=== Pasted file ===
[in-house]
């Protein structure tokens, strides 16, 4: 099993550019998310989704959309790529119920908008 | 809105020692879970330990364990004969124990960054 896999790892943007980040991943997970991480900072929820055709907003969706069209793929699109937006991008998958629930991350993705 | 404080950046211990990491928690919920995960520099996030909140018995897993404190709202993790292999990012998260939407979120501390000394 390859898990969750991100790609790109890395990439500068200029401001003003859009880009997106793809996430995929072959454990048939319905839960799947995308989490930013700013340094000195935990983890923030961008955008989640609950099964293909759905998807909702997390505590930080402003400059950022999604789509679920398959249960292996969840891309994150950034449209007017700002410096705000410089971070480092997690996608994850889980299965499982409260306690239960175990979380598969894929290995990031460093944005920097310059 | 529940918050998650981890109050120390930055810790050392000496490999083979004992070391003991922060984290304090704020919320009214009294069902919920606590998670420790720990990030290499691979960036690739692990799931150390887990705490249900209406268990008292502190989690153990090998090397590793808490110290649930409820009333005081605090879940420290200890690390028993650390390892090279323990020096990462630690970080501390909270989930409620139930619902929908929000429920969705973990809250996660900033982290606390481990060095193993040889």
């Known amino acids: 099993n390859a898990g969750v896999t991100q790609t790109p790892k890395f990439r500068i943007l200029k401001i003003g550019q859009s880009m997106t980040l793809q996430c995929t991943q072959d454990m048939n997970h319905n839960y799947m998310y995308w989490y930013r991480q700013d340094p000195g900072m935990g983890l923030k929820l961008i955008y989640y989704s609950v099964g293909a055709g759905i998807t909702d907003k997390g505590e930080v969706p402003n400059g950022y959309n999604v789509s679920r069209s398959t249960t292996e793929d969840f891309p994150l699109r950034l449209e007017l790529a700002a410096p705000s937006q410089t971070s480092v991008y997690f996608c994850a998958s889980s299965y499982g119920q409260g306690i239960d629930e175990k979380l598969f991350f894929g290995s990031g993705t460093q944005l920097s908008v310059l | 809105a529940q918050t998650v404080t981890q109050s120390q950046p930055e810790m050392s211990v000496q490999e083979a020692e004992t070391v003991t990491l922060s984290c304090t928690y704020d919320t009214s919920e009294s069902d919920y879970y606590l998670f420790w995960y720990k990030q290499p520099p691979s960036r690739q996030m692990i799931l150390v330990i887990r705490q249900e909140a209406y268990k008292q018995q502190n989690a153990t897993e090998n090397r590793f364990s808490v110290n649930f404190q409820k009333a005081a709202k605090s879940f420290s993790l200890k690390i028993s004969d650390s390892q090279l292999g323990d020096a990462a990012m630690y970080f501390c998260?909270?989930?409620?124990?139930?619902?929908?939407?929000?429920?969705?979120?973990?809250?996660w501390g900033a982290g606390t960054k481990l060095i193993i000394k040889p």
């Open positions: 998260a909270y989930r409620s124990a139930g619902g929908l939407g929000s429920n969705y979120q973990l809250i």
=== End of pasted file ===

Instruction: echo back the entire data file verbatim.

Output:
[in-house]
């Protein structure tokens, strides 16, 4: 099993550019998310989704959309790529119920908008 | 809105020692879970330990364990004969124990960054 896999790892943007980040991943997970991480900072929820055709907003969706069209793929699109937006991008998958629930991350993705 | 404080950046211990990491928690919920995960520099996030909140018995897993404190709202993790292999990012998260939407979120501390000394 390859898990969750991100790609790109890395990439500068200029401001003003859009880009997106793809996430995929072959454990048939319905839960799947995308989490930013700013340094000195935990983890923030961008955008989640609950099964293909759905998807909702997390505590930080402003400059950022999604789509679920398959249960292996969840891309994150950034449209007017700002410096705000410089971070480092997690996608994850889980299965499982409260306690239960175990979380598969894929290995990031460093944005920097310059 | 529940918050998650981890109050120390930055810790050392000496490999083979004992070391003991922060984290304090704020919320009214009294069902919920606590998670420790720990990030290499691979960036690739692990799931150390887990705490249900209406268990008292502190989690153990090998090397590793808490110290649930409820009333005081605090879940420290200890690390028993650390390892090279323990020096990462630690970080501390909270989930409620139930619902929908929000429920969705973990809250996660900033982290606390481990060095193993040889």
């Known amino acids: 099993n390859a898990g969750v896999t991100q790609t790109p790892k890395f990439r500068i943007l200029k401001i003003g550019q859009s880009m997106t980040l793809q996430c995929t991943q072959d454990m048939n997970h319905n839960y799947m998310y995308w989490y930013r991480q700013d340094p000195g900072m935990g983890l923030k929820l961008i955008y989640y989704s609950v099964g293909a055709g759905i998807t909702d907003k997390g505590e930080v969706p402003n400059g950022y959309n999604v789509s679920r069209s398959t249960t292996e793929d969840f891309p994150l699109r950034l449209e007017l790529a700002a410096p705000s937006q410089t971070s480092v991008y997690f996608c994850a998958s889980s299965y499982g119920q409260g306690i239960d629930e175990k979380l598969f991350f894929g290995s990031g993705t460093q944005l920097s908008v310059l | 809105a529940q918050t998650v404080t981890q109050s120390q950046p930055e810790m050392s211990v000496q490999e083979a020692e004992t070391v003991t990491l922060s984290c304090t928690y704020d919320t009214s919920e009294s069902d919920y879970y606590l998670f420790w995960y720990k990030q290499p520099p691979s960036r690739q996030m692990i799931l150390v330990i887990r705490q249900e909140a209406y268990k008292q018995q502190n989690a153990t897993e090998n090397r590793f364990s808490v110290n649930f404190q409820k009333a005081a709202k605090s879940f420290s993790l200890k690390i028993s004969d650390s390892q090279l292999g323990d020096a990462a990012m630690y970080f501390c998260?909270?989930?409620?124990?139930?619902?929908?939407?929000?429920?969705?979120?973990?809250?996660w501390g900033a982290g606390t960054k481990l060095i193993i000394k040889p």
């Open positions: 998260a909270y989930r409620s124990a139930g619902g929908l939407g929000s429920n969705y979120q973990l809250i």